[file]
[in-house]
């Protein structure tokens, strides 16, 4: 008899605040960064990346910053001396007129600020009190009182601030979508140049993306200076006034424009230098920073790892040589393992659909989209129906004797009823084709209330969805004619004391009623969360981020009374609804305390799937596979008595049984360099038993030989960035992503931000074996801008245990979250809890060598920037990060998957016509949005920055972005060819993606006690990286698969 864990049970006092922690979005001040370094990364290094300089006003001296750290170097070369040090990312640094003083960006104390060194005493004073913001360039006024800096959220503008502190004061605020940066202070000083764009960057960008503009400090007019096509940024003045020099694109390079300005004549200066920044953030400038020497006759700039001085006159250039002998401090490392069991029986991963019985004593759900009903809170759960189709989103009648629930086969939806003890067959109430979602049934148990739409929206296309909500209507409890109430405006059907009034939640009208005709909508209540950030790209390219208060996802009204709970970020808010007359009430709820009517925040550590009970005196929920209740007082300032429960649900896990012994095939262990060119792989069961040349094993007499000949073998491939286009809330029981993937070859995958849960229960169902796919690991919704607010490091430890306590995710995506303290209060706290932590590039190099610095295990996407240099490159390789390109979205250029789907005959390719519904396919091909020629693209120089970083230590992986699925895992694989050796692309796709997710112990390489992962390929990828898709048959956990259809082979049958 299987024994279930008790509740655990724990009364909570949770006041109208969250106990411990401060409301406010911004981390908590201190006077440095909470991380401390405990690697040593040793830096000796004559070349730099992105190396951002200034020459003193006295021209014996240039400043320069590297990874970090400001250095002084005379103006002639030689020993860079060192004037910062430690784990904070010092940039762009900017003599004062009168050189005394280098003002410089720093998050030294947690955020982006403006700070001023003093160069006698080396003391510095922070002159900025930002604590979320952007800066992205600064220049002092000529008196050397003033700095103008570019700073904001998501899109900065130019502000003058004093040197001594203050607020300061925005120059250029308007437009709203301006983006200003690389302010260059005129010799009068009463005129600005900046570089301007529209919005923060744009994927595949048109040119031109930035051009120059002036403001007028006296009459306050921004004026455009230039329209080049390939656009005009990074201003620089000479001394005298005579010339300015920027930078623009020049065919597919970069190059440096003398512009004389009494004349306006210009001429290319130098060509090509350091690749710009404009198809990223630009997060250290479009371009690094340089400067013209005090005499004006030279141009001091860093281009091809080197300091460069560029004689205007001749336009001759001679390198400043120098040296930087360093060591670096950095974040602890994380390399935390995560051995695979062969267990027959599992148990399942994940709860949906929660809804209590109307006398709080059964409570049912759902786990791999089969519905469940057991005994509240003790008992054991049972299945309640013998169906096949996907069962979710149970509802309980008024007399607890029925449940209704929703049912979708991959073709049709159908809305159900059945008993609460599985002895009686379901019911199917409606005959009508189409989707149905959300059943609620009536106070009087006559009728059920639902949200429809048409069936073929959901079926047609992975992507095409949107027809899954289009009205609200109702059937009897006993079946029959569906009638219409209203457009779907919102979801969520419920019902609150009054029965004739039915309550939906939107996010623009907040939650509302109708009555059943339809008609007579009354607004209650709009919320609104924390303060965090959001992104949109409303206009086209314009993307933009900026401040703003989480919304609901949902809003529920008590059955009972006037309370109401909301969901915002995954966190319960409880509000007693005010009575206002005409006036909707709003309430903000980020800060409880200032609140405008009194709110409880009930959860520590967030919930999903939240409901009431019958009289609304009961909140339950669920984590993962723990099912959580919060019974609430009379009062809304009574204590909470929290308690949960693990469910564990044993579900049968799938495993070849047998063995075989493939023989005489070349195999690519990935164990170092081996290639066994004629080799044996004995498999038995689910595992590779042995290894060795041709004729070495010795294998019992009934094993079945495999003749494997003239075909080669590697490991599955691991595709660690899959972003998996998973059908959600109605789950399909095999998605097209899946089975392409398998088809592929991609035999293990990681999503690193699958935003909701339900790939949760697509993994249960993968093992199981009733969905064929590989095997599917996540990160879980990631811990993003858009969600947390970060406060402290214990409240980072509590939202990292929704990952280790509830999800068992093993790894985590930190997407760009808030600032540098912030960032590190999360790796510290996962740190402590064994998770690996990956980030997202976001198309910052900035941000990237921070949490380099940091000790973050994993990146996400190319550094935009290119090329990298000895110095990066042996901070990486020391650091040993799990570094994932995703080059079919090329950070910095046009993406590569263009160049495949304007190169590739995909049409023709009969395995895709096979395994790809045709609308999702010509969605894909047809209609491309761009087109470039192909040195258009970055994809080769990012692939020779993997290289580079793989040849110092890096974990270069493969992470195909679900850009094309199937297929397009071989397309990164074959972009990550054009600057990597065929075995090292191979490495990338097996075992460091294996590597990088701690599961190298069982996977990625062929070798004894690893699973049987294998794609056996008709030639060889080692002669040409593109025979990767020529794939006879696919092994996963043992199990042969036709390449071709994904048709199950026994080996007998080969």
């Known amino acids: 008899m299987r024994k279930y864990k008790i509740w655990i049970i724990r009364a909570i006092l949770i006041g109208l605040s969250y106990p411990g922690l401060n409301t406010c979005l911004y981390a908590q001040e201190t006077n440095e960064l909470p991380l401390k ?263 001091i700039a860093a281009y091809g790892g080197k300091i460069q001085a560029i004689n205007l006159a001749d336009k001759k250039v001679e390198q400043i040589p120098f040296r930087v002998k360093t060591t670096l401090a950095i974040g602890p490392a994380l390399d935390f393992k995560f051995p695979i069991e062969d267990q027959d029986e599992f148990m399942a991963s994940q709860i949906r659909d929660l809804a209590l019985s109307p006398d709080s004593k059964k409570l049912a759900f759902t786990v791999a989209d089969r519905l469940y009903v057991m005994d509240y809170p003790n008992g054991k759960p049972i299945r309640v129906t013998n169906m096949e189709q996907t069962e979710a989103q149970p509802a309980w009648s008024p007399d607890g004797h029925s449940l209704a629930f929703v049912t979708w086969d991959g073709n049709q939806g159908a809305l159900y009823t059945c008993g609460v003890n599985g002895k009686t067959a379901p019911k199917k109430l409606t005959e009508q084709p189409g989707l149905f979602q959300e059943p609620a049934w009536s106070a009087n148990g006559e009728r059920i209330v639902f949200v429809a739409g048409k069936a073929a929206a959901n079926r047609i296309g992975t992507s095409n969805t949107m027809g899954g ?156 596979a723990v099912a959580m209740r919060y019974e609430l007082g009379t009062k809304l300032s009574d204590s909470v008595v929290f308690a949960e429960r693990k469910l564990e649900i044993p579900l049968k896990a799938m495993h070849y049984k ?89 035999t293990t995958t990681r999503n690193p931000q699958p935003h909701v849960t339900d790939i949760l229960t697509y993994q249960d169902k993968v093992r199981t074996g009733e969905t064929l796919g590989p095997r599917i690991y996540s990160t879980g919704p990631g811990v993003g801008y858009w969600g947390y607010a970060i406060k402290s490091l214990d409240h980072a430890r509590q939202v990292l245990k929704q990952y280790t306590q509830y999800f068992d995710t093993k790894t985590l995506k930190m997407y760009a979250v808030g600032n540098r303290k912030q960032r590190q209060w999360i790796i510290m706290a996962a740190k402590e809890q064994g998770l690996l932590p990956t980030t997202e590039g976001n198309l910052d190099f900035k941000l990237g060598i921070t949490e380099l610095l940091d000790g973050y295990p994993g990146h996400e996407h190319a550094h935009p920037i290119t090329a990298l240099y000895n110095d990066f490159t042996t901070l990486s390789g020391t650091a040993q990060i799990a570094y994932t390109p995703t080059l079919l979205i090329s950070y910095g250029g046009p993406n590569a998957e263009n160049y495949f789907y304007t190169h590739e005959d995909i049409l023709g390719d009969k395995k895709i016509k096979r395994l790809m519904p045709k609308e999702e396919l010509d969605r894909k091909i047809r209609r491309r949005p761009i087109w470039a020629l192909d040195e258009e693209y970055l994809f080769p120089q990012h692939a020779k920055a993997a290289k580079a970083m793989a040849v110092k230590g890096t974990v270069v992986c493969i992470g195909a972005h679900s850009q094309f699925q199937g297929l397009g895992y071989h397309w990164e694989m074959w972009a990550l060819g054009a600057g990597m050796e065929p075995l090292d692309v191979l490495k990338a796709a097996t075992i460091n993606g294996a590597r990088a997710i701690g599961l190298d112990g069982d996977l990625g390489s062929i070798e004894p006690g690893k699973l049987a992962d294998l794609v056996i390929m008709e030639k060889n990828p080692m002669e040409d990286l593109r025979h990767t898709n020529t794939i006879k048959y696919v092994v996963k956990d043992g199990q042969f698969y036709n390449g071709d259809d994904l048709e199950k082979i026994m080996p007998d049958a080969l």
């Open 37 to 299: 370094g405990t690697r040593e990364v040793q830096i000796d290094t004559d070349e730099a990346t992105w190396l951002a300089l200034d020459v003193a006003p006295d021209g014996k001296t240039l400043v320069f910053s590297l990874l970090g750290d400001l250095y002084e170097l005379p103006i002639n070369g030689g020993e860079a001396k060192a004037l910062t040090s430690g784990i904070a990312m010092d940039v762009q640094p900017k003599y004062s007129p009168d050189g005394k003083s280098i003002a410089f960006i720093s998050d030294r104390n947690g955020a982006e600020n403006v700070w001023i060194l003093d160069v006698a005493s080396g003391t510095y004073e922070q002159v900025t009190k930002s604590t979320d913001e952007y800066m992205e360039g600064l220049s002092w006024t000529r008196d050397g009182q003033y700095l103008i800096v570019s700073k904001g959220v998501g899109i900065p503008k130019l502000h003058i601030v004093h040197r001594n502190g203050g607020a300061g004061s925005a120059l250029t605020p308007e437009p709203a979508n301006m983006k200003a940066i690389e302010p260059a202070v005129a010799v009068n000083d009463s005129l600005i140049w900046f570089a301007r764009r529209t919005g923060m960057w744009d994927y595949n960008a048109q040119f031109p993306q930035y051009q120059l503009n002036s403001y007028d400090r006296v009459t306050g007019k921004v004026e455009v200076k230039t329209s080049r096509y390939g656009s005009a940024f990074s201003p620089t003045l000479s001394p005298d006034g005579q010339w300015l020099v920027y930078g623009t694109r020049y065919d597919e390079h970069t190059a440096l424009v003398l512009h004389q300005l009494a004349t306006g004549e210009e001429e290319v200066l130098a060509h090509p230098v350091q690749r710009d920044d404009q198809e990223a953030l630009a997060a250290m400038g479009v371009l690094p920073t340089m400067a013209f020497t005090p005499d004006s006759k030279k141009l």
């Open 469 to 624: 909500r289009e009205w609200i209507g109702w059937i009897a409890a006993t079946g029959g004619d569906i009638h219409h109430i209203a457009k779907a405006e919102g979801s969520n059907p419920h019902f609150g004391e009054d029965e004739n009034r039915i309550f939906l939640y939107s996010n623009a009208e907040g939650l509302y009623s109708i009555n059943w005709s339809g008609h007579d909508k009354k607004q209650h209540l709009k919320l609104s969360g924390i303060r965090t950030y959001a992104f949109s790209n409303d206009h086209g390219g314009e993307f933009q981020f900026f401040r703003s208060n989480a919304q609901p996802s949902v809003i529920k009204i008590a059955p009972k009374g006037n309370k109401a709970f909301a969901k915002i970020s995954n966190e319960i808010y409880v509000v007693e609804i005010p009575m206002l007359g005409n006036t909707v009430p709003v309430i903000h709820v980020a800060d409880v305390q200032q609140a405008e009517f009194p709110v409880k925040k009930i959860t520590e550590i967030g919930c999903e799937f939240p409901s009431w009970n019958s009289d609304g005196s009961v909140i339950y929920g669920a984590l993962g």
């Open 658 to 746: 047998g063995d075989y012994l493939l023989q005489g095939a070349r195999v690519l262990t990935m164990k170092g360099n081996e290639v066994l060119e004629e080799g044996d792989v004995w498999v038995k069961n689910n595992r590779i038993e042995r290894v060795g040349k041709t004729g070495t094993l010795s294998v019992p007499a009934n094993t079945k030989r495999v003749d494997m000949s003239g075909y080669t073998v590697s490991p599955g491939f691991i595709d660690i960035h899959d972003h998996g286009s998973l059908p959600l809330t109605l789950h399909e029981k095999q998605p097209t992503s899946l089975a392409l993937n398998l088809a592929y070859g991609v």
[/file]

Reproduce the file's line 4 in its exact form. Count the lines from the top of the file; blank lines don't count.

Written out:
């Open 37 to 299: 370094g405990t690697r040593e990364v040793q830096i000796d290094t004559d070349e730099a990346t992105w190396l951002a300089l200034d020459v003193a006003p006295d021209g014996k001296t240039l400043v320069f910053s590297l990874l970090g750290d400001l250095y002084e170097l005379p103006i002639n070369g030689g020993e860079a001396k060192a004037l910062t040090s430690g784990i904070a990312m010092d940039v762009q640094p900017k003599y004062s007129p009168d050189g005394k003083s280098i003002a410089f960006i720093s998050d030294r104390n947690g955020a982006e600020n403006v700070w001023i060194l003093d160069v006698a005493s080396g003391t510095y004073e922070q002159v900025t009190k930002s604590t979320d913001e952007y800066m992205e360039g600064l220049s002092w006024t000529r008196d050397g009182q003033y700095l103008i800096v570019s700073k904001g959220v998501g899109i900065p503008k130019l502000h003058i601030v004093h040197r001594n502190g203050g607020a300061g004061s925005a120059l250029t605020p308007e437009p709203a979508n301006m983006k200003a940066i690389e302010p260059a202070v005129a010799v009068n000083d009463s005129l600005i140049w900046f570089a301007r764009r529209t919005g923060m960057w744009d994927y595949n960008a048109q040119f031109p993306q930035y051009q120059l503009n002036s403001y007028d400090r006296v009459t306050g007019k921004v004026e455009v200076k230039t329209s080049r096509y390939g656009s005009a940024f990074s201003p620089t003045l000479s001394p005298d006034g005579q010339w300015l020099v920027y930078g623009t694109r020049y065919d597919e390079h970069t190059a440096l424009v003398l512009h004389q300005l009494a004349t306006g004549e210009e001429e290319v200066l130098a060509h090509p230098v350091q690749r710009d920044d404009q198809e990223a953030l630009a997060a250290m400038g479009v371009l690094p920073t340089m400067a013209f020497t005090p005499d004006s006759k030279k141009l």